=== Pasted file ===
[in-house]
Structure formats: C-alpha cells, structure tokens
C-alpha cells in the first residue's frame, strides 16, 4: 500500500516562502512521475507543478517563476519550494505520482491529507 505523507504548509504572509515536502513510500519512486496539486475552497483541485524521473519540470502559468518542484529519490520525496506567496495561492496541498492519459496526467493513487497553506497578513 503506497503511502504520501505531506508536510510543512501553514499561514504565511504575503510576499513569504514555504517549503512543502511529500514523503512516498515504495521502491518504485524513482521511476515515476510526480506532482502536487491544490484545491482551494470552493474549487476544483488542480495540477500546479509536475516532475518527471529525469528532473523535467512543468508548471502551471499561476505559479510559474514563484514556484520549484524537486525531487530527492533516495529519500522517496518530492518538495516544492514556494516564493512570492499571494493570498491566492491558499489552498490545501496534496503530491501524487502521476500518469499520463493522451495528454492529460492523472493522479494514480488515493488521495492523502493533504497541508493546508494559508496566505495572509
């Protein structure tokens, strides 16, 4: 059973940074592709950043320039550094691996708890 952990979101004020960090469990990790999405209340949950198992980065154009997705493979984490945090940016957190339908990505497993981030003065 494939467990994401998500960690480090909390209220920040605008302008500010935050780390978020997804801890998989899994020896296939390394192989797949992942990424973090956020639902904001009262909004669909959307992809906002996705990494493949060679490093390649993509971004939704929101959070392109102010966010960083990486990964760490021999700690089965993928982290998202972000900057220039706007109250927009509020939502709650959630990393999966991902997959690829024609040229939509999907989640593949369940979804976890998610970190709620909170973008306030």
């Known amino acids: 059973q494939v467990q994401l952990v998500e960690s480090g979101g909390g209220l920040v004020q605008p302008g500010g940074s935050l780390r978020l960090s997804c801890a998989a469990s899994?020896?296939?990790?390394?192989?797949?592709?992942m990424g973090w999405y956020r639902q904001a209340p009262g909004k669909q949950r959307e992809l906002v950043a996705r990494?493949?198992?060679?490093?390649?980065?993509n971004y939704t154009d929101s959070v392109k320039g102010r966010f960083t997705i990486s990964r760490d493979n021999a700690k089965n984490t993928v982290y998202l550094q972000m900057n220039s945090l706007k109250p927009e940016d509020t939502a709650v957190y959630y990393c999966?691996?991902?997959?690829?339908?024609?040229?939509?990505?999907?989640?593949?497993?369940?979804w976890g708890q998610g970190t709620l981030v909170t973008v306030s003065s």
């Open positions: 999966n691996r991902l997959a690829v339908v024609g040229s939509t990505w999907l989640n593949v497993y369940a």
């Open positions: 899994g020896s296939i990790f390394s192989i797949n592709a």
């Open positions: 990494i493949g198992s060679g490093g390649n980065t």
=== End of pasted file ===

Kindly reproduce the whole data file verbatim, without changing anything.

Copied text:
[in-house]
Structure formats: C-alpha cells, structure tokens
C-alpha cells in the first residue's frame, strides 16, 4: 500500500516562502512521475507543478517563476519550494505520482491529507 505523507504548509504572509515536502513510500519512486496539486475552497483541485524521473519540470502559468518542484529519490520525496506567496495561492496541498492519459496526467493513487497553506497578513 503506497503511502504520501505531506508536510510543512501553514499561514504565511504575503510576499513569504514555504517549503512543502511529500514523503512516498515504495521502491518504485524513482521511476515515476510526480506532482502536487491544490484545491482551494470552493474549487476544483488542480495540477500546479509536475516532475518527471529525469528532473523535467512543468508548471502551471499561476505559479510559474514563484514556484520549484524537486525531487530527492533516495529519500522517496518530492518538495516544492514556494516564493512570492499571494493570498491566492491558499489552498490545501496534496503530491501524487502521476500518469499520463493522451495528454492529460492523472493522479494514480488515493488521495492523502493533504497541508493546508494559508496566505495572509
């Protein structure tokens, strides 16, 4: 059973940074592709950043320039550094691996708890 952990979101004020960090469990990790999405209340949950198992980065154009997705493979984490945090940016957190339908990505497993981030003065 494939467990994401998500960690480090909390209220920040605008302008500010935050780390978020997804801890998989899994020896296939390394192989797949992942990424973090956020639902904001009262909004669909959307992809906002996705990494493949060679490093390649993509971004939704929101959070392109102010966010960083990486990964760490021999700690089965993928982290998202972000900057220039706007109250927009509020939502709650959630990393999966991902997959690829024609040229939509999907989640593949369940979804976890998610970190709620909170973008306030």
């Known amino acids: 059973q494939v467990q994401l952990v998500e960690s480090g979101g909390g209220l920040v004020q605008p302008g500010g940074s935050l780390r978020l960090s997804c801890a998989a469990s899994?020896?296939?990790?390394?192989?797949?592709?992942m990424g973090w999405y956020r639902q904001a209340p009262g909004k669909q949950r959307e992809l906002v950043a996705r990494?493949?198992?060679?490093?390649?980065?993509n971004y939704t154009d929101s959070v392109k320039g102010r966010f960083t997705i990486s990964r760490d493979n021999a700690k089965n984490t993928v982290y998202l550094q972000m900057n220039s945090l706007k109250p927009e940016d509020t939502a709650v957190y959630y990393c999966?691996?991902?997959?690829?339908?024609?040229?939509?990505?999907?989640?593949?497993?369940?979804w976890g708890q998610g970190t709620l981030v909170t973008v306030s003065s």
């Open positions: 999966n691996r991902l997959a690829v339908v024609g040229s939509t990505w999907l989640n593949v497993y369940a």
């Open positions: 899994g020896s296939i990790f390394s192989i797949n592709a």
């Open positions: 990494i493949g198992s060679g490093g390649n980065t």